Ghent University Academic Bibliography

Advanced

Limiting the caesarean section rate in low risk pregnancies is key to lowering the trend of increased abdominal deliveries: an observational study

Ilse Delbaere, Hendrik Cammu, Evelyne Martens, Inge Tency UGent, Guy Martens and Marleen Temmerman UGent (2012) BMC PREGNANCY AND CHILDBIRTH. 12.
abstract
Background : As the rate of Caesarean sections (CS) continues to rise in Western countries, it is important to analyze the reasons for this trend and to unravel the underlying motives to perform CS. This research aims to assess the incidence and trend of CS in a population-based birth register in order to identify patient groups with an increasing risk for CS. Methods : Data from the Flemish birth register ‘Study Centre for Perinatal Epidemiology’ (SPE) were used for this historic control comparison. Caesarean sections (CS) from the year 2000 (N = 10540) were compared with those from the year 2008 (N = 14016). By means of the Robson classification, births by Caesarean section were ordered in 10 groups according to mother – and delivery characteristics. Results : Over a period of eight years, the CS rise is most prominent in women with previous sections and in nulliparous women with a term cephalic in spontaneous labor. The proportion of inductions of labor decreases in favor of elective CS, while the ongoing inductions of labor more often end in non-elective CS. Conclusions : In order to turn back the current CS trend, we should focus on low–risk primiparae. Avoiding unnecessary abdominal deliveries in this group will also have a long–term effect, in that the number of repeat CS will be reduced in the future. For the purpose of self–evaluation, peer discussion on the necessity of CS, as well as accurate registration of the main indication for CS are recommended.
Please use this url to cite or link to this publication:
author
organization
year
type
journalArticle (original)
publication status
published
subject
keyword
Caesarean section, prevention, low risk pregnancy
journal title
BMC PREGNANCY AND CHILDBIRTH
BMC Pregnancy Childbirth
volume
12
article number
3
pages
10 pages
JCR category
SURGERY
JCR impact factor
2.516 (2012)
JCR rank
39/195 (2012)
JCR quartile
1 (2012)
ISSN
1471-2393
DOI
10.1186/1471-2393-12-3
language
English
UGent publication?
yes
classification
A2
copyright statement
I have retained and own the full copyright for this publication
id
2047289
handle
http://hdl.handle.net/1854/LU-2047289
date created
2012-02-27 14:22:28
date last changed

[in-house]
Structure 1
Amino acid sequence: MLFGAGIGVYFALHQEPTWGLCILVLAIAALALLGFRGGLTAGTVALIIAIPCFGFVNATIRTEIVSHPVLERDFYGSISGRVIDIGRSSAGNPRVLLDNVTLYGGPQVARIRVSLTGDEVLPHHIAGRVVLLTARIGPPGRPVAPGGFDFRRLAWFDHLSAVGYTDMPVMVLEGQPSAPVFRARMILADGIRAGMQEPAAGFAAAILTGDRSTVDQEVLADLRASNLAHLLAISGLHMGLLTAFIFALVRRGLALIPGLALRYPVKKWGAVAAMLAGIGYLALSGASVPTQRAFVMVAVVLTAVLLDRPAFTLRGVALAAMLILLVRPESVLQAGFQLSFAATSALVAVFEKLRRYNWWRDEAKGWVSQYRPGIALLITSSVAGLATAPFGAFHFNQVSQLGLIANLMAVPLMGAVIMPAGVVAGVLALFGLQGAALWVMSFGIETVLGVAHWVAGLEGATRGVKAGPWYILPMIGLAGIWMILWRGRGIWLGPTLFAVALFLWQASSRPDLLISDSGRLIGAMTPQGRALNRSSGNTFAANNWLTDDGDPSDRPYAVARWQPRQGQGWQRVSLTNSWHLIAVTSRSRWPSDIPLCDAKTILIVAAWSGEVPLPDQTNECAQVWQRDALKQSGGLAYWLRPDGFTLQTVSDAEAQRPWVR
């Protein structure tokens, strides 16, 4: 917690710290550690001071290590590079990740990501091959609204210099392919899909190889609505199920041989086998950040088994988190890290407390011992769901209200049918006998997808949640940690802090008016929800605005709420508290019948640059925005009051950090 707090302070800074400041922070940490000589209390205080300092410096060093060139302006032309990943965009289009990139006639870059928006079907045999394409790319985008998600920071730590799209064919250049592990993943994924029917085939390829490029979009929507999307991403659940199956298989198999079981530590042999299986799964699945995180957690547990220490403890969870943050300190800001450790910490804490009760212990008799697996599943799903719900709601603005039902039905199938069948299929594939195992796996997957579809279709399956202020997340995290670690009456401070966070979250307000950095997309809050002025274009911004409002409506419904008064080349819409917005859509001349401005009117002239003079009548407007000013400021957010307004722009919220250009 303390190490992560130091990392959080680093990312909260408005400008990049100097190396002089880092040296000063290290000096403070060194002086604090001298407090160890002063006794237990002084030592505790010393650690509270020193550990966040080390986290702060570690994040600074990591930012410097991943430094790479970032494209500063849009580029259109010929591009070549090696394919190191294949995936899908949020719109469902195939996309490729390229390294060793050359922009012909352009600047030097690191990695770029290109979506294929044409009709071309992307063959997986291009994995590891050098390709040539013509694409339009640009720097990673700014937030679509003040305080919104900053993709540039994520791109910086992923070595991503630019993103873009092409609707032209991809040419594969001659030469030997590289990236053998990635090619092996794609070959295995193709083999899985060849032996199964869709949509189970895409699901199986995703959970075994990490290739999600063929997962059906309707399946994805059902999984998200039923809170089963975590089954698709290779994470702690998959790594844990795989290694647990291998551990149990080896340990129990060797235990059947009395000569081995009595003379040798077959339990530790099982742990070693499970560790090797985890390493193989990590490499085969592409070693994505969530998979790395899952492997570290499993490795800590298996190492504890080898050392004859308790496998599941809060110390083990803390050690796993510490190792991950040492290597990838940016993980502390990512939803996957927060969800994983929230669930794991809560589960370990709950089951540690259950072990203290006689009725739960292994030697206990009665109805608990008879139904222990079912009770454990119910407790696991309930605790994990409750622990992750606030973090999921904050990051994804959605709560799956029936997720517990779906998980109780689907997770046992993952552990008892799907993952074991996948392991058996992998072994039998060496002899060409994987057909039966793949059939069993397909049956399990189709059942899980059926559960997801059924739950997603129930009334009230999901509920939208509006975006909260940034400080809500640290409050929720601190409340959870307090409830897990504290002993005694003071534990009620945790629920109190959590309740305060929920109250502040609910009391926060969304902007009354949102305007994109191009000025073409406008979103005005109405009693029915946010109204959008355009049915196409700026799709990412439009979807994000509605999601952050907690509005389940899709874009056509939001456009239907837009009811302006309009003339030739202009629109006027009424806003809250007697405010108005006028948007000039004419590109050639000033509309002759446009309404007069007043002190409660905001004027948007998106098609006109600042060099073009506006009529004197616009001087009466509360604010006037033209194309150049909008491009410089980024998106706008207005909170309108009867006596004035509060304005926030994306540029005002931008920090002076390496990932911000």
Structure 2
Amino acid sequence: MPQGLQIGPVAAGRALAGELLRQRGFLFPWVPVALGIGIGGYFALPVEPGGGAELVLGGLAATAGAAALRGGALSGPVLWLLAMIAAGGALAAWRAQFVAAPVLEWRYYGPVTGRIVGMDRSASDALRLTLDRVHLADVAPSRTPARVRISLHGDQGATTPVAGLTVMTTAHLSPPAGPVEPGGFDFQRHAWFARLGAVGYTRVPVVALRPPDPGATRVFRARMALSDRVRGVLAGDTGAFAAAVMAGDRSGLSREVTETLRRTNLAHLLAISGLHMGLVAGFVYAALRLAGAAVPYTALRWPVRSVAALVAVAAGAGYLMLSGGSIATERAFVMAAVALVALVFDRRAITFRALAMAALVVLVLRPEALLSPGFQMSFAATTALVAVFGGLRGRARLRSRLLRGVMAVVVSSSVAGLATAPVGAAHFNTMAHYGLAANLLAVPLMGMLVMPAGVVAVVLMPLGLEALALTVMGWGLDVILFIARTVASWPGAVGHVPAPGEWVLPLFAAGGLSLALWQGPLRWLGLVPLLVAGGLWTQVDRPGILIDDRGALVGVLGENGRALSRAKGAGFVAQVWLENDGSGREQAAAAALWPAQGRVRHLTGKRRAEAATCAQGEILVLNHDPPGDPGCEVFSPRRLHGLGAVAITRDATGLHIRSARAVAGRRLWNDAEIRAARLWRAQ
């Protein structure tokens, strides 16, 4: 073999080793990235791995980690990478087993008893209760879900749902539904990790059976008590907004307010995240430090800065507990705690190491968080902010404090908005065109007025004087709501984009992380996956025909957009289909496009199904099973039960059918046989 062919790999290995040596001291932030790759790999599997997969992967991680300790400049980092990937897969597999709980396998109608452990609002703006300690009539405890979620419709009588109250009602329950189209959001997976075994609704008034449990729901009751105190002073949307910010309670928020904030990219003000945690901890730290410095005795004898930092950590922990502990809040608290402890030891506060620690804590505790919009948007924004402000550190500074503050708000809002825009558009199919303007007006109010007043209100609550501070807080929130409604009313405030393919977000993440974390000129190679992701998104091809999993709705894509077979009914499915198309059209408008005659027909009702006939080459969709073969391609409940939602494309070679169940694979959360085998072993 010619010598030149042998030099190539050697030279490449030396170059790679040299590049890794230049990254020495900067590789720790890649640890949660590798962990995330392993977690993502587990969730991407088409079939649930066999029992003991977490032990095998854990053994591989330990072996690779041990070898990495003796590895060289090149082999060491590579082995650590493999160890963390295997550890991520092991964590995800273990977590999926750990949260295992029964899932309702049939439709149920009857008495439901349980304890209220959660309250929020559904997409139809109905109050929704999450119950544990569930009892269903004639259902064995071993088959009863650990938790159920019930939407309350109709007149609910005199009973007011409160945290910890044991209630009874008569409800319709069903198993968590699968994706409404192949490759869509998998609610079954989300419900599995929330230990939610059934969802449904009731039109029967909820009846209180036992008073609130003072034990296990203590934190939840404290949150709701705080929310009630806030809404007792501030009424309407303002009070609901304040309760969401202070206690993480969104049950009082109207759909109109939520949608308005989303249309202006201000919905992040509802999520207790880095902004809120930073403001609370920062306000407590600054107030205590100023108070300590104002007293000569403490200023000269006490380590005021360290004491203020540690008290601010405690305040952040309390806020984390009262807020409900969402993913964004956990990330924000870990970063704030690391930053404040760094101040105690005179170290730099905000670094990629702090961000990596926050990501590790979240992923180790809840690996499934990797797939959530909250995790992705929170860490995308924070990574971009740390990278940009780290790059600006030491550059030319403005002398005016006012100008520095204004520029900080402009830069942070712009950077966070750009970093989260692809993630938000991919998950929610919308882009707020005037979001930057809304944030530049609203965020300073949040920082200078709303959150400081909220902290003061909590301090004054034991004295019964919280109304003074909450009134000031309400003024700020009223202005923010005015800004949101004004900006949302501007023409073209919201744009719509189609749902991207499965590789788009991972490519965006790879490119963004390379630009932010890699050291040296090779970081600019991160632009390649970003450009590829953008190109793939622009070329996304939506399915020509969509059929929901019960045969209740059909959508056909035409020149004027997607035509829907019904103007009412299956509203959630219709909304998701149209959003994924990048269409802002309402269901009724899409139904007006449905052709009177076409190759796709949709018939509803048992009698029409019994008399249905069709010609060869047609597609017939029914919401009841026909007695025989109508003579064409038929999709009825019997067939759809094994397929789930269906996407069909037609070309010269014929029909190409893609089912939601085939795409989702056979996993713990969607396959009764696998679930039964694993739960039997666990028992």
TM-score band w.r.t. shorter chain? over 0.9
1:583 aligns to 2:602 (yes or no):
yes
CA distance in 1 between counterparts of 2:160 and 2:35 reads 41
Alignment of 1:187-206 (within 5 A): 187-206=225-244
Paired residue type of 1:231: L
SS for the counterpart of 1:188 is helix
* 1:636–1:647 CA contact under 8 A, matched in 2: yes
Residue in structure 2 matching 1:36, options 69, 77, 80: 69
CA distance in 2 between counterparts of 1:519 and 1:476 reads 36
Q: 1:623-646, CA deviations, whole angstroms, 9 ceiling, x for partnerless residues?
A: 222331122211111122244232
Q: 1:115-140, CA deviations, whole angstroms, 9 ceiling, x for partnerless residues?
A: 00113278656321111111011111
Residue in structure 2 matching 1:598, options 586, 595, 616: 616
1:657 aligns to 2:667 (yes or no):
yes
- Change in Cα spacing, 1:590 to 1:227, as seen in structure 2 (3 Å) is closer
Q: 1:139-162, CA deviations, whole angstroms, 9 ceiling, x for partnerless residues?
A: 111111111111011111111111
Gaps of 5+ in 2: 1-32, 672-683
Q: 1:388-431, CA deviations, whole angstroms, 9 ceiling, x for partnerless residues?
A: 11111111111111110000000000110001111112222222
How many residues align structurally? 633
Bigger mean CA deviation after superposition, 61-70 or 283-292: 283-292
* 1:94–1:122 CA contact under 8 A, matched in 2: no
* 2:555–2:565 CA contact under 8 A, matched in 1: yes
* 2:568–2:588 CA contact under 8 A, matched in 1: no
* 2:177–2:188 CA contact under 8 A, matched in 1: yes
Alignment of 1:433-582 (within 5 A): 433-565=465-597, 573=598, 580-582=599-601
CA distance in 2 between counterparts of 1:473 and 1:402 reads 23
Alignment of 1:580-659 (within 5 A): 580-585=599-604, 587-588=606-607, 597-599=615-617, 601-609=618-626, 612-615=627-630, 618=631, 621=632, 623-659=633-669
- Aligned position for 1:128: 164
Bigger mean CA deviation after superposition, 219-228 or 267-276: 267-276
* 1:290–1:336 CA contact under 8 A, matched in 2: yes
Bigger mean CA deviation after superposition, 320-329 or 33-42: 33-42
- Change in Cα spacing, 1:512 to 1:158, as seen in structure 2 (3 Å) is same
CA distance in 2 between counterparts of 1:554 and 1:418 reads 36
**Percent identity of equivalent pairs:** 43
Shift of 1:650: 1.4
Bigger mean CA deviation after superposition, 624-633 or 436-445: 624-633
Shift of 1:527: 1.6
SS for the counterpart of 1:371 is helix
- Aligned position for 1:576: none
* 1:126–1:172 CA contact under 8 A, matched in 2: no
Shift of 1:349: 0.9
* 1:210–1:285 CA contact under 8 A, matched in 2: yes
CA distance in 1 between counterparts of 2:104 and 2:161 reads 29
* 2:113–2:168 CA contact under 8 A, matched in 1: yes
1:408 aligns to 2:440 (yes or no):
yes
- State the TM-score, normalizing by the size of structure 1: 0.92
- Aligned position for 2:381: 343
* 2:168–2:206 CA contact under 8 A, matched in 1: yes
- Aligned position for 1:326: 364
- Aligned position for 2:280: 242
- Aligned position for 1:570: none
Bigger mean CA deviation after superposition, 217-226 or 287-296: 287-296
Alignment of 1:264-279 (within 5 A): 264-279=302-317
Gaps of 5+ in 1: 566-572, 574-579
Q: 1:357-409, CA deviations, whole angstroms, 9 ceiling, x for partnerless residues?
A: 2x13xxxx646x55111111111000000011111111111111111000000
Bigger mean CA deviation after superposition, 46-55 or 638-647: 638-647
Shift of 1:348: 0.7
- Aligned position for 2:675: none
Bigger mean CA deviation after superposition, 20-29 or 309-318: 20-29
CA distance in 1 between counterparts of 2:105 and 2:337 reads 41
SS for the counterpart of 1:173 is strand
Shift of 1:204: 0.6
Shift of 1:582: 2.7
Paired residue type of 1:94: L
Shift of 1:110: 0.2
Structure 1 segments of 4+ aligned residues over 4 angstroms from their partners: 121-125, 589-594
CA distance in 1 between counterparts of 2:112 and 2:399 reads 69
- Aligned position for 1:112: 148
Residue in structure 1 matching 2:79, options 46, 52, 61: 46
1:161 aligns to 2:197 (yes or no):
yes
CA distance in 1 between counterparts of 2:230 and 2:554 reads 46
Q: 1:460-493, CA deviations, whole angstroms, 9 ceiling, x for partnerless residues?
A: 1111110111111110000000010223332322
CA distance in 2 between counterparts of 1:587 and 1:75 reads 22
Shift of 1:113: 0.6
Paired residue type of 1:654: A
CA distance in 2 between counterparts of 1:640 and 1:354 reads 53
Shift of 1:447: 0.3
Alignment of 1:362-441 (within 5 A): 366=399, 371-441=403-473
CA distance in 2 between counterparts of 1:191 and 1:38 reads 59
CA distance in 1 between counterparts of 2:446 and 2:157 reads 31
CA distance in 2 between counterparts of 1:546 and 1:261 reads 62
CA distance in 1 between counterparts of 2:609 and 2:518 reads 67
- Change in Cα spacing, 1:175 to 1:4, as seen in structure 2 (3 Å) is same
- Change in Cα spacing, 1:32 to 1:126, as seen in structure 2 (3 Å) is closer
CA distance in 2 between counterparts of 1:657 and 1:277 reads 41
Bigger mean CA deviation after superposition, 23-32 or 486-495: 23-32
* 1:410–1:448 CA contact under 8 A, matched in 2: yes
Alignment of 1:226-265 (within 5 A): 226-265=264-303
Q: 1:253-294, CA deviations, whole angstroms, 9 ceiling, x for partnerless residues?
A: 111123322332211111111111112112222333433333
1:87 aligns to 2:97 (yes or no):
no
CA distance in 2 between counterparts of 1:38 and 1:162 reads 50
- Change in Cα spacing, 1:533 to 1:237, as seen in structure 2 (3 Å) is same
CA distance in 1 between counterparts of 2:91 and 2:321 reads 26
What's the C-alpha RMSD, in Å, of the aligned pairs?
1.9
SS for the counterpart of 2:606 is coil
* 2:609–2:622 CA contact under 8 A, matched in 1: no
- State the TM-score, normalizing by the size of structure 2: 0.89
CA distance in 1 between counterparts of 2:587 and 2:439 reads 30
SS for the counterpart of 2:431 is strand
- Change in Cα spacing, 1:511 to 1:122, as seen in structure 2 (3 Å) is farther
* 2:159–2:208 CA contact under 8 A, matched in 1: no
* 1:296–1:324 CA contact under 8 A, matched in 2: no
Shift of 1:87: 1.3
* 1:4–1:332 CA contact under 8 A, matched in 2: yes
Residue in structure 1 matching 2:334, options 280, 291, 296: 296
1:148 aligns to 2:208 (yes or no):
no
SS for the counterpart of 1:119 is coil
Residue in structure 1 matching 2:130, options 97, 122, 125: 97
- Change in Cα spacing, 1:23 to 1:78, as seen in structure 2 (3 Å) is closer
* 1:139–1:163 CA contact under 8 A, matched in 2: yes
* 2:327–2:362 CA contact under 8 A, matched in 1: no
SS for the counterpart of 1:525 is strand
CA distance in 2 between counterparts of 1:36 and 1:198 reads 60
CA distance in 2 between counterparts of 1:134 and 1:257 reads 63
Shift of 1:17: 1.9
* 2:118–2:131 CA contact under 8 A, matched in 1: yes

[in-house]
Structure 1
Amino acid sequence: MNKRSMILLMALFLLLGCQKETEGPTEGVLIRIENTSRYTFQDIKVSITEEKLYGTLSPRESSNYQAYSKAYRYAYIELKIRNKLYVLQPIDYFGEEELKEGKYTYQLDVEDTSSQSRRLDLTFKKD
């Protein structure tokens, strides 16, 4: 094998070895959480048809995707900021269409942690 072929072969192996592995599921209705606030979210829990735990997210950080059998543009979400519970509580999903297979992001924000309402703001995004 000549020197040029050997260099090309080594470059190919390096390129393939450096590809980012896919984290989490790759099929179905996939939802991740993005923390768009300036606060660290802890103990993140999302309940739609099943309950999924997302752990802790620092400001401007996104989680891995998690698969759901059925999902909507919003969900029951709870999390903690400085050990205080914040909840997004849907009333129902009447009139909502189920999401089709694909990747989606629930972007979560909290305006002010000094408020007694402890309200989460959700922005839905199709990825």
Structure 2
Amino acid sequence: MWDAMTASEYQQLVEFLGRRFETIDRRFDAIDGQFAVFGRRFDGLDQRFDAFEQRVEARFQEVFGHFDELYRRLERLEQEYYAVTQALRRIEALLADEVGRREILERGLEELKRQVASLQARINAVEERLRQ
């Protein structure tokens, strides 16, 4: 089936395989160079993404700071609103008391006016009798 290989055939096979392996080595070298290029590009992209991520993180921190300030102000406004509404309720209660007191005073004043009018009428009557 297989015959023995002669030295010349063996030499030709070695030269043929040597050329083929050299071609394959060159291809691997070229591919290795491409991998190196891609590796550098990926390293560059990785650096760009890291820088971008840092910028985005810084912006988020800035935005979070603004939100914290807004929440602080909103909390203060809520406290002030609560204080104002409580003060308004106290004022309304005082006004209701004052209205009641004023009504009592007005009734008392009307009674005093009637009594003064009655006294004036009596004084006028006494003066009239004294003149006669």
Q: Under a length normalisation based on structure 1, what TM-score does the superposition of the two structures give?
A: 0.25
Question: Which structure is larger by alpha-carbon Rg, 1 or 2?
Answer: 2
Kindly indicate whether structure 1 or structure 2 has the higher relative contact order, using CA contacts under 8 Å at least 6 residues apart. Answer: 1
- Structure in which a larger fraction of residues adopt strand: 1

2016-12-21 15:42:03
@article{2047289,
  abstract     = {Background : As the rate of Caesarean sections (CS) continues to rise in Western countries, it is important to analyze the reasons for this trend and to unravel the underlying motives to perform CS. This research aims to assess the incidence and trend of CS in a population-based birth register in order to identify patient groups with an increasing risk for CS.
Methods : Data from the Flemish birth register {\textquoteleft}Study Centre for Perinatal Epidemiology{\textquoteright} (SPE) were used for this historic control comparison. Caesarean sections (CS) from the year 2000 (N = 10540) were compared with those from the year 2008 (N = 14016). By means of the Robson classification, births by Caesarean section were ordered in 10 groups according to mother -- and delivery characteristics.
Results : Over a period of eight years, the CS rise is most prominent in women with previous sections and in nulliparous women with a term cephalic in spontaneous labor. The proportion of inductions of labor decreases in favor of elective CS, while the ongoing inductions of labor more often end in non-elective CS.
Conclusions : In order to turn back the current CS trend, we should focus on low--risk primiparae. Avoiding unnecessary abdominal deliveries in this group will also have a long--term effect, in that the number of repeat CS will be reduced in the future. For the purpose of self--evaluation, peer discussion on the necessity of CS, as well as accurate registration of the main indication for CS are recommended.},
  articleno    = {3},
  author       = {Delbaere, Ilse and Cammu, Hendrik and Martens, Evelyne and Tency, Inge and Martens, Guy and Temmerman, Marleen},
  issn         = {1471-2393},
  journal      = {BMC PREGNANCY AND CHILDBIRTH},
  keyword      = {Caesarean section,prevention,low risk pregnancy},
  language     = {eng},
  pages        = {10},
  title        = {Limiting the caesarean section rate in low risk pregnancies is key to lowering the trend of increased abdominal deliveries: an observational study},
  url          = {http://dx.doi.org/10.1186/1471-2393-12-3},
  volume       = {12},
  year         = {2012},
}

Chicago
Delbaere, Ilse, Hendrik Cammu, Evelyne Martens, Inge Tency, Guy Martens, and Marleen Temmerman. 2012. “Limiting the Caesarean Section Rate in Low Risk Pregnancies Is Key to Lowering the Trend of Increased Abdominal Deliveries: An Observational Study.” Bmc Pregnancy and Childbirth 12.
APA
Delbaere, I., Cammu, H., Martens, E., Tency, I., Martens, G., & Temmerman, M. (2012). Limiting the caesarean section rate in low risk pregnancies is key to lowering the trend of increased abdominal deliveries: an observational study. BMC PREGNANCY AND CHILDBIRTH, 12.
Vancouver
1.
Delbaere I, Cammu H, Martens E, Tency I, Martens G, Temmerman M. Limiting the caesarean section rate in low risk pregnancies is key to lowering the trend of increased abdominal deliveries: an observational study. BMC PREGNANCY AND CHILDBIRTH. 2012;12.
MLA
Delbaere, Ilse, Hendrik Cammu, Evelyne Martens, et al. “Limiting the Caesarean Section Rate in Low Risk Pregnancies Is Key to Lowering the Trend of Increased Abdominal Deliveries: An Observational Study.” BMC PREGNANCY AND CHILDBIRTH 12 (2012): n. pag. Print.